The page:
Stories like this don’t deter Kumari, nor the seemingly dozens of other villagers here who see opportunities in the organ trade. Her husband is a kidney down, as is the friend who works the field of corn with her. One man, Krishna, says his brother-in-law and two other relatives have sold theirs. He tried four times, but all were unsuccessful — on one occasion, the recipient of his kidney died just before he arrived for a pre-op checkup in Kathmandu. Frustrated, he won’t try again. But others are only too keen.

One 19-year-old mother is actively looking for a buyer, but recent crackdowns by Nepalese police have taken out many of the middlemen. “If you know someone [a broker], tell him to come here!” she says, laughing. Her reason is blunt, and a sharp reminder that the money they’ll receive isn’t for indulgence, but for far more pressing concerns. “I can get one lakh [$1,000] for a kidney. My son’s future will be secure.” As the conversation winds on, and more women come up from the field, it becomes clear that the international kidney trade that feeds clinics across the subcontinent and beyond has a bountiful source in Hokshe.

“Hokshe is an example of how people can [be exploited],” says Dr. Rishi Raj Kafle, executive director of the National Kidney Center in Kathmandu. “These villagers see people who haven’t died and think, Why not?”

Back in the village, the sharp whiff of locally brewed moonshine that comes off the breath of many locals — even those who, with one kidney, really shouldn’t be drinking very much at all — points also to a lack of understanding about the health implications. That isn’t surprising. Every villager TIME spoke to was illiterate and would struggle to learn about or comprehend the side effects of a nephrectomy, which can include high blood pressure and reduced function in, or even failure of, the remaining kidney.

The emergence of a legal donor system, in which relatives of patients who require a new kidney can trade theirs for $2,000 of government money, has reduced the numbers of Nepalese traveling to India for operations. Police have also clamped down on the rackets that prey on villages like Hokshe, and in May they arrested 15 traders in a sting operation. But Dr. Kafle fears there could be many more Hokshes across Nepal, even though the only people who seem to be making money are the traders. “I’ve not found a single person who sold their kidney who is rich,” he says.

TIME China

Weirdly, Chinese Journalists Can No Longer Publish ‘Unpublicized Information’

General Scenes as The Boao Forum Opens
Reporters work at computers in the Xinhua press room at the Boao Forum for Asia conference in Boao, China, on April 8, 2014 Bloomberg—Bloomberg via Getty Images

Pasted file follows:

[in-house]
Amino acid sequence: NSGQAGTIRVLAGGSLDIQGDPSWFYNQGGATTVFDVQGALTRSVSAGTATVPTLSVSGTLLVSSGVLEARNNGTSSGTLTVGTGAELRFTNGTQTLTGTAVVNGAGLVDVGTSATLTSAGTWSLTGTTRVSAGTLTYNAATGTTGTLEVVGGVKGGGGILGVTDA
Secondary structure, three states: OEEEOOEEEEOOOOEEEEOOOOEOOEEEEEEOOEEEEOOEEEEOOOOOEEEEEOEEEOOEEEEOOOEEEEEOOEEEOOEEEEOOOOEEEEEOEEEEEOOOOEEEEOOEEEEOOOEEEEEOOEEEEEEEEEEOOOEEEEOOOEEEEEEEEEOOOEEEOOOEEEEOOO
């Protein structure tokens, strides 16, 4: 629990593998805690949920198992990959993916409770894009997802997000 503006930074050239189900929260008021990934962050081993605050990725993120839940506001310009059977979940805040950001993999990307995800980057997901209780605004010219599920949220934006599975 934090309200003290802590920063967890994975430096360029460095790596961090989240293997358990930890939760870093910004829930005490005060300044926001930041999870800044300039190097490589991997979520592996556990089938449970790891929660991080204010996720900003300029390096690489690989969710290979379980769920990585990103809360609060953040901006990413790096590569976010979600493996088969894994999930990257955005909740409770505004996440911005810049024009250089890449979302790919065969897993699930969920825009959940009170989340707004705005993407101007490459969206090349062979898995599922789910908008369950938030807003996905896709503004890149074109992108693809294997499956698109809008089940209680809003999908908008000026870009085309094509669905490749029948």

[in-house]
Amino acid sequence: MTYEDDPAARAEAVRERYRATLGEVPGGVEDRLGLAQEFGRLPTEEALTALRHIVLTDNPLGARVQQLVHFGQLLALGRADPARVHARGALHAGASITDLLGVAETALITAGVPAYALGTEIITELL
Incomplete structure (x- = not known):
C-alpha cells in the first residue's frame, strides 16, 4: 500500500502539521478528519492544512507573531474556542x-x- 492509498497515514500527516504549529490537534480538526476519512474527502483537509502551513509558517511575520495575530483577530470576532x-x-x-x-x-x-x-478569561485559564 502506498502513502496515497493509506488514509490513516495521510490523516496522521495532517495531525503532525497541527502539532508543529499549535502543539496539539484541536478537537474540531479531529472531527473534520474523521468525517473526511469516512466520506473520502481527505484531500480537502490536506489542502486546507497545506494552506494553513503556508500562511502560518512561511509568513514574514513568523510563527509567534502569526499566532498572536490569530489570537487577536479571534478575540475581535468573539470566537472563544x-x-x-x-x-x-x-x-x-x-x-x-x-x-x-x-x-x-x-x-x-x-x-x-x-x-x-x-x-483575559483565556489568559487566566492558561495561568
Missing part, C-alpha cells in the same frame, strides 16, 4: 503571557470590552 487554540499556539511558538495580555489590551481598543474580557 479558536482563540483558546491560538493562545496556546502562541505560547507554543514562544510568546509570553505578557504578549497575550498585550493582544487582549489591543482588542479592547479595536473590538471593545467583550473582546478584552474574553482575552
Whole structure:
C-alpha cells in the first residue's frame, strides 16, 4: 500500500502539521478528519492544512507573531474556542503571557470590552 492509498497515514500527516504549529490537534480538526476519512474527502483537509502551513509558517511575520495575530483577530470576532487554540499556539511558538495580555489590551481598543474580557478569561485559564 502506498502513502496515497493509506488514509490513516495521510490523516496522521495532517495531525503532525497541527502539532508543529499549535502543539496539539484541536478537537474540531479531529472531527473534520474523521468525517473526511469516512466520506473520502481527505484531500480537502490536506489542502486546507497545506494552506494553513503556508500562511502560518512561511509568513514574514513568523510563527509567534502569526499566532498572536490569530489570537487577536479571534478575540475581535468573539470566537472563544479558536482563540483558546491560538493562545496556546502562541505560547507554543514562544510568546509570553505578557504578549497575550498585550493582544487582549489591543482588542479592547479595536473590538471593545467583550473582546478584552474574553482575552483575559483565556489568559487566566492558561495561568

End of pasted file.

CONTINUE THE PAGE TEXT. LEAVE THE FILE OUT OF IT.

Wait, isn't reporting the unreported what journalism is supposed to be about?

Chinese journalists discovered on July 8 that they had been scooped. More than a week before, the press authority had tightened the screws on the nation’s beleaguered press corps by issuing a set of ambiguous rules that give authorities significant latitude to silence reporters.

But it wasn’t until Tuesday afternoon that the government, through the state-run Xinhua News Agency, bothered to alert journalists to the new regulations, which ban media from disseminating “various information, materials and news products that journalists may deal with during their work, including state secrets, commercial secrets and unpublicized information.” Got that?

In addition to that frustratingly broad swath of now off-limits material, Xinhua added that the State Administration of Press, Publication, Radio, Film and Television had specifically banned the “illegal copying, recording or storage of state secrets.”

What exactly constitutes a “state secret,” or a “news product,” or “unpublicized information,” isn’t clear. But in the past, Chinese journalists have been locked up for divulging information in cases that international human-rights groups have deemed spurious.

In April, a 70-year-old reporter named Gao Yu was detained on suspicion of leaking “a secret central-party document” to a foreign website. (In a neat catch-22, the content of a purported state secret often cannot be released to the public because, well, it’s a state secret.) Gao had spent more than five years in jail in the 1990s on another state-secrets conviction. In May, she was paraded on TV apparently admitting to wrongdoing — part of a recent spate of televised confessions in which dissidents and others seem to profess guilt even before their cases have made their way through the courts.

“Gao is the latest victim of China’s vaguely worded and arbitrary state-secret laws, which the authorities repeatedly use as a smoke screen to target activists,” said Anu Kultalahti, China researcher at Amnesty International.

Chinese journalists reacted to the latest government directive with both confusion and outrage. One magazine journalist said she hadn’t heard of the new rules until she was contacted by TIME on Tuesday afternoon. She was left with many questions. “Is there any official list clarifying what is a state secret and what is not?” she asked. “If we want to cover an official’s corruption scandal, is this scandal a state secret? Who knows?”

Another reporter who specializes in investigative journalism saw the June 30 rules as “another shackle imposed on journalists.” He continued, “I have discussed this with other journalists, and the general consensus is that self-censorship within the media will probably intensify. More and more topics will become untouchable.”